Five cases of subacute sclerosing panencephalitis (SSPE) are reported from the California Department of Health Services, Richmond, CA. They were identified among 1000 cases of encephalitis referred by physicians and enrolled in the California Encephalitis Project (CEP) from June 1998 to December 2003. Median age was 12 years (range, 9 to 13 years). Time from onset of behavioral and neurologic manifestations to first hospital admission ranged from 1 day to 2.5 years. The CEP was designed to identify the causes and clinical features of encephalitis in California. Case selection included patients older than 6 months, immunocompetent, with encephalopathy and one or more of the following: fever, seizure, focal neurologic signs, and EEG or neuroimaging findings consistent with encephalitis or CSF pleocytosis. The diagnosis of SSPE is based on 1) elevated measles virus (MV) immunoglobulin (Ig) G antibody in CSF, and absent antibody to herpes simplex virus and varicella zoster virus, and 2) clinical or neurodiagnostic manifestations of SSPE. Patients diagnosed with SSPE had a median MV IgG antibody level of 22.5 in serum and 18.2 in CSF; significantly lower antibody levels for MV [8.6 and <0.5; p=0.0004 and 0.0001] were reported in patients referred with alternative diagnoses [eg HSV, rabies]. The differential diagnoses on referral included mitochondrial disorder and ADEM, and a history of an illness compatible with measles was obtained only after positive antibody tests were reported. As of January 2004, 3 patients had died, after intervals of 20, 40, and 96 days from time of hospital admission. The 2 survivors have severe neurologic impairments. [1]

COMMENT. The authors found 1 case per year of SSPE in California and they stress the need to include SSPE in the differential diagnosis of encephalitis, especially among pediatric patients. SSPE was suspected only after the results of measles testing were known. SSPE is rare in the United States and the diagnosis may be missed or delayed because of nonspecific clinical manifestations at onset. Early signs include behavioral changes, deteriorating school performance, slurred speech, and hyperactivity. These are followed by aphasia, ataxia, tremors, myoclonic jerks, or choreoathetosis. Progression is variable, but the disease is usually fatal in 1 to 3 years. The risk of SSPE is highest in patients with measles contracted in the first 2 years of life. The EEG characteristically shows periodic high amplitude sharp and slow-wave bursts, associated with myoclonic jerks. The MRI may show increased T2 signal in cerebral white matter and brainstem. Laboratory testing is necessary for diagnostic confirmation (elevated MV IgG antibody in CSF; or MV protein or RNA in brain biopsy). The course is usually progressive, but acute fulminant cases occur. The history of an illness with rash is usually obtained subsequent to SSPE diagnostic confirmation, in patients who have entered the US from developing countries. Treatment with oral inosiplex (isoprinosine) in a recent international multicenter study provided a 34% rate of stabilization or improvement at 6 months (better than the expected 5 to 10% remission rate in untreated patients); the addition of intraventricular interferon had no added benefit [2, 3]. Prevention by measles immunization is the only effective treatment. Some reports of SSPE related to measles vaccination are now considered doubtful, since the genome of wild MV has been identified rather than the vaccine strain. [4]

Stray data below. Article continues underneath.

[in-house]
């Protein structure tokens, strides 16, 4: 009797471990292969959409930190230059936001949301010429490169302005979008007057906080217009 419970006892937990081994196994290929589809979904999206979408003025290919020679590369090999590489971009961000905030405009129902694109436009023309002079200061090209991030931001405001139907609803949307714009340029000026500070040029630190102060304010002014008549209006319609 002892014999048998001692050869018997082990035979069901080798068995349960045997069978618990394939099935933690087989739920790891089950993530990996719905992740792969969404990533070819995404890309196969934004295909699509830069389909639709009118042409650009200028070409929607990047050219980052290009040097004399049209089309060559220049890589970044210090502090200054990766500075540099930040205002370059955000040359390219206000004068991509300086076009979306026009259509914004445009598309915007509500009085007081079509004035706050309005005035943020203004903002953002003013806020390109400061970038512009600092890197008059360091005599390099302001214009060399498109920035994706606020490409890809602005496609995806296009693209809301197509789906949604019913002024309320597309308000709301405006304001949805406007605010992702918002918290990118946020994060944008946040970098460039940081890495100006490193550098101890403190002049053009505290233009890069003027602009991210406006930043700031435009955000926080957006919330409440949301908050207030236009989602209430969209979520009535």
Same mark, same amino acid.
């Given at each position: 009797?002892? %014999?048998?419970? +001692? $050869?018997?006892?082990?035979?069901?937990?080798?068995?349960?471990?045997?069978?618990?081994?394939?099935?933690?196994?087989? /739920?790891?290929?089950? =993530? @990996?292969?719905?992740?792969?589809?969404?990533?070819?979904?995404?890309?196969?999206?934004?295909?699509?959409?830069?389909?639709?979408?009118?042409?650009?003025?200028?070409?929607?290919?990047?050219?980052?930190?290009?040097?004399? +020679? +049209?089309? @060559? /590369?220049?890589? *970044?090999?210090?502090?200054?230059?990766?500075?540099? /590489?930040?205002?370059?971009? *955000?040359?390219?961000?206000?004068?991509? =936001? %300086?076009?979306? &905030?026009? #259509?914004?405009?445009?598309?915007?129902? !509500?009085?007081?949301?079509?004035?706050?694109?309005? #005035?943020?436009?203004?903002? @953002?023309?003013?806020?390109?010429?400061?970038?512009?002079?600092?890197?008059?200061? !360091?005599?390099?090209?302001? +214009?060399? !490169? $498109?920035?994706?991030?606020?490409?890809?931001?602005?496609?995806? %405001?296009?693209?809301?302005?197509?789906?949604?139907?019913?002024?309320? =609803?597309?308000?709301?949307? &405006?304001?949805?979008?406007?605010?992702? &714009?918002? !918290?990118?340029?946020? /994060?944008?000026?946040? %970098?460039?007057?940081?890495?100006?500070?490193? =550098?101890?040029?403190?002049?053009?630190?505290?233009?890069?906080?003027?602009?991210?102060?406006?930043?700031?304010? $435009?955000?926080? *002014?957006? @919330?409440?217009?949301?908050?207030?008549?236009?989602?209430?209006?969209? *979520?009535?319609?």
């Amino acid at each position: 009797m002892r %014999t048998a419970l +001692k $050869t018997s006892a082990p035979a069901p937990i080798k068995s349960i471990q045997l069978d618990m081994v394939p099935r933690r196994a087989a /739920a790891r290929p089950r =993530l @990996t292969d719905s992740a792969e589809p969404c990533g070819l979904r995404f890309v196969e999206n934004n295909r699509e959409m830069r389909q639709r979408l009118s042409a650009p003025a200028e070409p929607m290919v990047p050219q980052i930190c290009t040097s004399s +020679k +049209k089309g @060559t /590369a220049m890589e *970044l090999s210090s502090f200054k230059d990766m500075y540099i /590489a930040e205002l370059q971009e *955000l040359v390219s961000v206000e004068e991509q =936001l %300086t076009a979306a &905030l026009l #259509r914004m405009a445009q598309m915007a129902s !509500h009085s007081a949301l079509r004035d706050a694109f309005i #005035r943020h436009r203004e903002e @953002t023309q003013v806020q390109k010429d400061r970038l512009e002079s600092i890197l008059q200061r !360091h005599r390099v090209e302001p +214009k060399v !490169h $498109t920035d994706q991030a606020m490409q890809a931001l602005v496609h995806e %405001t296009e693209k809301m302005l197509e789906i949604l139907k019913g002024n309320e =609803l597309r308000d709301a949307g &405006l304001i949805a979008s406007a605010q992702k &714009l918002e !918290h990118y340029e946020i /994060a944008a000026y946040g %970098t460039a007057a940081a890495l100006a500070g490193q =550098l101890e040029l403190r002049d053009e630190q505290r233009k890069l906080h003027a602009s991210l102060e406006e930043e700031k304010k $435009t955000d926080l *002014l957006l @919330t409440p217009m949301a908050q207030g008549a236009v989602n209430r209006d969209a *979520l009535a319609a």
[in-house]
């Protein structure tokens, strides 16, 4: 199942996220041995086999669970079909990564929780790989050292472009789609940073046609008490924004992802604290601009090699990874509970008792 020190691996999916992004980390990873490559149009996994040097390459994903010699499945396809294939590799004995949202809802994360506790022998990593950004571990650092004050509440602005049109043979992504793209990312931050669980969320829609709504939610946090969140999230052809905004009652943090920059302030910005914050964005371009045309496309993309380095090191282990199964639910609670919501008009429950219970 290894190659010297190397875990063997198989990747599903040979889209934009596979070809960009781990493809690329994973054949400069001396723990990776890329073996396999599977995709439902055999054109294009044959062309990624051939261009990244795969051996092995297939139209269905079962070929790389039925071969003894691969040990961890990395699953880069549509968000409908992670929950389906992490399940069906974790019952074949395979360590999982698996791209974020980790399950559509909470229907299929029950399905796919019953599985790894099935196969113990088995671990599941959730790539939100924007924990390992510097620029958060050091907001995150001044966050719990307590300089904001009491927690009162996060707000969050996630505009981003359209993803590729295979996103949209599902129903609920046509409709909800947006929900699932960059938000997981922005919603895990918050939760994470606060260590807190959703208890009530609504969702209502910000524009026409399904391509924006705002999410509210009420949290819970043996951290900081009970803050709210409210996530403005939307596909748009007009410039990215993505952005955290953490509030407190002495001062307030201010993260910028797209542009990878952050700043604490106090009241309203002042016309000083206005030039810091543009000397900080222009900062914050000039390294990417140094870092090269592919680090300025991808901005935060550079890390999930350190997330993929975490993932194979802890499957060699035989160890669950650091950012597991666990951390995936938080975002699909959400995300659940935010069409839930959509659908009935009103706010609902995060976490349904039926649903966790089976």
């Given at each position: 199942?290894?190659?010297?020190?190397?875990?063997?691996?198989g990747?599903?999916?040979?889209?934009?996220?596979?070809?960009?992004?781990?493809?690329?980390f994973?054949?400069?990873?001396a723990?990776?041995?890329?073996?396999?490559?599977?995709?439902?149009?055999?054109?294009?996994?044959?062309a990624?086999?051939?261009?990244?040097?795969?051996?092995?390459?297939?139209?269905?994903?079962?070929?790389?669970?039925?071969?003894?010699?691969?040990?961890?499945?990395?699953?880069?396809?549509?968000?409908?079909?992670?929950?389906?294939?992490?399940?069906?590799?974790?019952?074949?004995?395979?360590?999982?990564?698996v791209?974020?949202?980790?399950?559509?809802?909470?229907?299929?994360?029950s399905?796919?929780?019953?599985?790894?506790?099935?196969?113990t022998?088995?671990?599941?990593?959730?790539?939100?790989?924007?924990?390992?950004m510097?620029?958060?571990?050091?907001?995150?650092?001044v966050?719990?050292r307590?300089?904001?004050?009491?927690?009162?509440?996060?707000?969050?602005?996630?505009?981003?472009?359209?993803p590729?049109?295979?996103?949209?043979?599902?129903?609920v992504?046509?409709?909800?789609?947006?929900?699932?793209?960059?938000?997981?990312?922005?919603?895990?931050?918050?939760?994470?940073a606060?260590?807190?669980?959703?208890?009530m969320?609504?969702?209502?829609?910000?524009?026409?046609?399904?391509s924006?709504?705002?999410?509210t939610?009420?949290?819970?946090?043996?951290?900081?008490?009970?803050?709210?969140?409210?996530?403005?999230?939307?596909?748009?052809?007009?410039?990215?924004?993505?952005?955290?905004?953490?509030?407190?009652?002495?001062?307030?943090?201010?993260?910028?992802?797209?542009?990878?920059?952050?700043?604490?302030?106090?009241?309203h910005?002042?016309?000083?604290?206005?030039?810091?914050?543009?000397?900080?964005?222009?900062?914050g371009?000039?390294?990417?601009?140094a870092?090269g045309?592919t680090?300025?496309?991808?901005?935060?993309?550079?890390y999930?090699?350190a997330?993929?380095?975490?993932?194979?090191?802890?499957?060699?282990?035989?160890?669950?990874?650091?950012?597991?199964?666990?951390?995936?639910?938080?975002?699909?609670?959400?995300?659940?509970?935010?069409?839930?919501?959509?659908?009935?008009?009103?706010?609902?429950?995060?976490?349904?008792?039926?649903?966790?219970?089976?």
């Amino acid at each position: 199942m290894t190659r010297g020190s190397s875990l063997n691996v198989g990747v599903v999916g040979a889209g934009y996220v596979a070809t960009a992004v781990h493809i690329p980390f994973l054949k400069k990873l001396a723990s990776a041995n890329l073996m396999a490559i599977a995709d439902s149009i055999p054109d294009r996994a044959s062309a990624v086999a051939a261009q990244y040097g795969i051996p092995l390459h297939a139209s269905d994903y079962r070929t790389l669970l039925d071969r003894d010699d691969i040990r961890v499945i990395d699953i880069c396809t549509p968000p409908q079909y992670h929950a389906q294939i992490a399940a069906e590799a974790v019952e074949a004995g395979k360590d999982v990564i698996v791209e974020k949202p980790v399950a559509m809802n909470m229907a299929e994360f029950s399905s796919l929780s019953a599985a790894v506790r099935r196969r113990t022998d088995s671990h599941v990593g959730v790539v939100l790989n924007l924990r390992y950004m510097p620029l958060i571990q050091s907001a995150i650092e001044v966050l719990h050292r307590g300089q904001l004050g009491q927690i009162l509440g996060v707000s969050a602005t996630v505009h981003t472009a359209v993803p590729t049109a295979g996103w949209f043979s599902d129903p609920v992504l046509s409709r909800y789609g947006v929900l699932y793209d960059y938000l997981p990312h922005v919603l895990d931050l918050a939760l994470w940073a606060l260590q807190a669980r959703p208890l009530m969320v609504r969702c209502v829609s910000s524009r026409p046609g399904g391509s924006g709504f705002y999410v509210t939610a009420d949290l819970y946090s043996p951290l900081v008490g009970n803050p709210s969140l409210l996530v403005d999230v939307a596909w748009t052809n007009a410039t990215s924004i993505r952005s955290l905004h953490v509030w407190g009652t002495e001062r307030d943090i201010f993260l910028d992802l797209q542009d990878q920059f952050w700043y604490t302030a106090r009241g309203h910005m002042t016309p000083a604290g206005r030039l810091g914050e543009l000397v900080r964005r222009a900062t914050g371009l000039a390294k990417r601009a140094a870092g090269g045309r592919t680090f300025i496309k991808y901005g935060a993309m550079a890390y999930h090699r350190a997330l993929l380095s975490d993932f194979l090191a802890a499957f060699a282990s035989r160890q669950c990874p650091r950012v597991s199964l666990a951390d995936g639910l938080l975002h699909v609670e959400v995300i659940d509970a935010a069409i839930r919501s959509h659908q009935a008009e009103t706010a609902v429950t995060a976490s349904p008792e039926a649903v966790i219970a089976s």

SSPE after intrauterine measles infection in the mother is reported in an infant infected shortly before delivery. The infant developed focal seizures at 5 months of age, and SSPE was diagnosed at 14 months by characteristic findings on EEG and MRI and confirmed by elevated CSF and serum MV IgG antibodies. Despite treatment with intraventricular interferon and oral isoprinosine, the child’s condition progressed to a vegetative state and he died at 3 years of age by aspiration pneumonia.[5]

Familial SSPE in two siblings who had not been immunized is reported from Germany [6]. A 7-year-old boy had behavioral problems and school difficulties for 1 year before referral and 2 years following measles, contracted at the same time as his father and younger brother. The diagnosis was confirmed in both children by CSF and serum measles specific immunoglobulin G synthesis and brain biopsy. Both children showed progressive myoclonic and partial complex seizures, and characteristic EEG and MRI findings.

Measles inclusion body encephalitis complicating stem cell transplantation is reported in a 13-year-old Mexican-American immunocompromised boy treated at Children’s Memorial Hospital, Chicago, for an X-linked chronic granulomatous disease [7]. Neither the patient nor the donor had known recent measles exposure or vaccination. Measles virus, genotype D3, was confirmed by reverse transcriptase-polymerase chain reaction and viral growth in brain biopsy. Early brain biopsy is recommended in cases of obscure encephalitis in afebrile immunocompromised patients who present with focal status epilepticus.